Many women find that losing their hair from chemotherapy is the most disturbing thing that happens. (Talk with your oncologist about what to expect from your chemotherapy. Not all the drugs used cause the same degree of hair loss.) You should go to see someone who sells wigs while you still have your own hair so that there will be the best chance for a good match of color, texture, and style. Of course you may decide that you want to deal with hair loss by using hats, scarves, turbans, or a combination of all of these. Even when you are told that hair loss may or is likely to happen to you, it is still traumatic. Since this may begin to happen within the first three weeks of treatment, you will want to think about this as soon as you can. If you have a close friend or family member who can go with you to look at wigs, plan to go with her. As you decide on the type of wig to purchase, bear in mind that a synthetic or mixed fiber wig is not only less expensive but is also lighter, cooler, and more comfortable to wear.
Your doctor or nurse can give you an accurate guess as to when you might lose your hair. It is very predictable and depends on what chemotherapy drugs you are receiving. Some women find that their scalp becomes quite sore or tender a few days before the hair loss begins. This may not happen to you, but if it does, consider it a forty-eight-hour warning.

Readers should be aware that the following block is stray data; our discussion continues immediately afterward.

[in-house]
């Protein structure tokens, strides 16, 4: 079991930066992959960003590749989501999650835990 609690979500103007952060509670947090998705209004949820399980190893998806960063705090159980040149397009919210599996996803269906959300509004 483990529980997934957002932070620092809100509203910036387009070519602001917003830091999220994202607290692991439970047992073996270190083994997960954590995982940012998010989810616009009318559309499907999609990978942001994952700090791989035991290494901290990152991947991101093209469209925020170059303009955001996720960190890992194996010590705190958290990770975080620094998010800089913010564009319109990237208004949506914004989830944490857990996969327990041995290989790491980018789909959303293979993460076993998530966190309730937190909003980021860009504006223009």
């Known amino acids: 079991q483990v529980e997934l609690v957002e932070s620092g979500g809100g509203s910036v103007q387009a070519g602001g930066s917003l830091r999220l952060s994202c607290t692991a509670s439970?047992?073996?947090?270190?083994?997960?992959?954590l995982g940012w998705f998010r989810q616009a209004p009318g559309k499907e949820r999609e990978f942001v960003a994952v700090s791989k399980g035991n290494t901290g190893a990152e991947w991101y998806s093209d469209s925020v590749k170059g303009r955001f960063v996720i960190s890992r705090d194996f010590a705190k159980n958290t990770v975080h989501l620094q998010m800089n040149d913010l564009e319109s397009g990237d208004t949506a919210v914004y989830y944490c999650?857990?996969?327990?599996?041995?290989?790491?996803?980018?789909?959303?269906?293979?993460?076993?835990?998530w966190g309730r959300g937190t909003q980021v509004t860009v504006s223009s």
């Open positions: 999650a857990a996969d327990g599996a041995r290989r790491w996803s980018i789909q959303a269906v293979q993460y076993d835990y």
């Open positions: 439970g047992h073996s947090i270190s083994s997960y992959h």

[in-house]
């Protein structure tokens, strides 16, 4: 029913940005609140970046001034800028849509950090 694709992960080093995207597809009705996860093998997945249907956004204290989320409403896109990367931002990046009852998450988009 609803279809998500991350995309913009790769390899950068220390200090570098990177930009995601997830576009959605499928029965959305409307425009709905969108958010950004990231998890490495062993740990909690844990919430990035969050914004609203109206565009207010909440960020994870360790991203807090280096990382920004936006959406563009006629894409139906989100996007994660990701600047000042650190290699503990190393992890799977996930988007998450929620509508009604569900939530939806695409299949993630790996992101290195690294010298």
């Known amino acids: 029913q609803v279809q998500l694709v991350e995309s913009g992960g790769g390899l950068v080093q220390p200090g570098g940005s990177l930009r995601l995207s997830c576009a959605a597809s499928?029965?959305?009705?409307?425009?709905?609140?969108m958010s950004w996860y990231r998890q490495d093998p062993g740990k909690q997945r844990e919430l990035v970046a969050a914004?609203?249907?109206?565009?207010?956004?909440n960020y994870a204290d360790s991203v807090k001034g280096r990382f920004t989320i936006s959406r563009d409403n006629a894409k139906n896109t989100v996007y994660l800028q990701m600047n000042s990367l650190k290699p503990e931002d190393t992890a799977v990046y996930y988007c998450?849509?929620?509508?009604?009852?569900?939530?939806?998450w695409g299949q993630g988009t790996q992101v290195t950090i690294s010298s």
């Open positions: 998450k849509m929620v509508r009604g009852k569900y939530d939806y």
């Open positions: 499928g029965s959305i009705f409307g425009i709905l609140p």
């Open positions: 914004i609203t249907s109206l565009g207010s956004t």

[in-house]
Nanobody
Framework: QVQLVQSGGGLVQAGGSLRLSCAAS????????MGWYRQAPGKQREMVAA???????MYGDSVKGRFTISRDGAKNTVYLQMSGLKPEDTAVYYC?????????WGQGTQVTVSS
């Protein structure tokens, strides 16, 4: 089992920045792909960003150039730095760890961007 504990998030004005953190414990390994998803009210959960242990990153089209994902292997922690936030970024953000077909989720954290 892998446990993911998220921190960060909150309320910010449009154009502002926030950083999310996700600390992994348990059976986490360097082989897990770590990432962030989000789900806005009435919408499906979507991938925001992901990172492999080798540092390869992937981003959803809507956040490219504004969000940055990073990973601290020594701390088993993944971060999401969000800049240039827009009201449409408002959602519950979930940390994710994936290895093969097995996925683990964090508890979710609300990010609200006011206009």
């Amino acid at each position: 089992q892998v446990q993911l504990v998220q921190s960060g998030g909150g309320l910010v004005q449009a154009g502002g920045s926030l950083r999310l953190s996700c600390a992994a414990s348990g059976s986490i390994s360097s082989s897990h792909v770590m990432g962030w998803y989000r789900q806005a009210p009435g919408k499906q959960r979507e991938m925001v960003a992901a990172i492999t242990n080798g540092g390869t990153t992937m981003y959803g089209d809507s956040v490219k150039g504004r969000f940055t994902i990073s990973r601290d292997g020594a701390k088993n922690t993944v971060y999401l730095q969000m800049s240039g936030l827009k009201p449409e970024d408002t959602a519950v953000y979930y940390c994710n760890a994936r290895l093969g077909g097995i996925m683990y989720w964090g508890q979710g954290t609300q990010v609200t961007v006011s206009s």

There is no way to make the actual experience of losing your hair anything less than a crisis. As hard as this is to imagine, it will be easier to bear once the hair is gone. The anticipation of the loss and the actual process of losing it are the worst. One strategy for when your hair begins to go is often very helpful for many people. You will know with certainty when this is happening; if you are wondering whether your hair is coming out, it is not. If you can muster the courage and determination to do so, consider having your hair buzzed and/or your head shaved. Many women find that their hairdresser is more than willing to meet them before or after hours at the salon or even to come to their home to do this. Your husband/friend/partner could also provide this service to you. Taking it off, all of it, puts you in control and gets you through it as quickly as possible. Once the hair is gone, you will start to adjust to your new bald head.
One woman whose hair came out in the early spring was enormously helped by her husband’s tender suggestion of putting clumps of hair in and near the bushes and trees in their yard. He said that birds would use the hair to build their nests, and this turned out to be true. In the fall, when the leaves were gone and the nests visible, she found several empty nests warmly and softly lined with her hair.
Radiation therapy, following lumpectomy, is given five days a week for approximately six and a half weeks. The specific schedule of your treatment will be discussed with your radiation oncologist and nurse. If you are also getting chemotherapy, radiation may be administered at various points: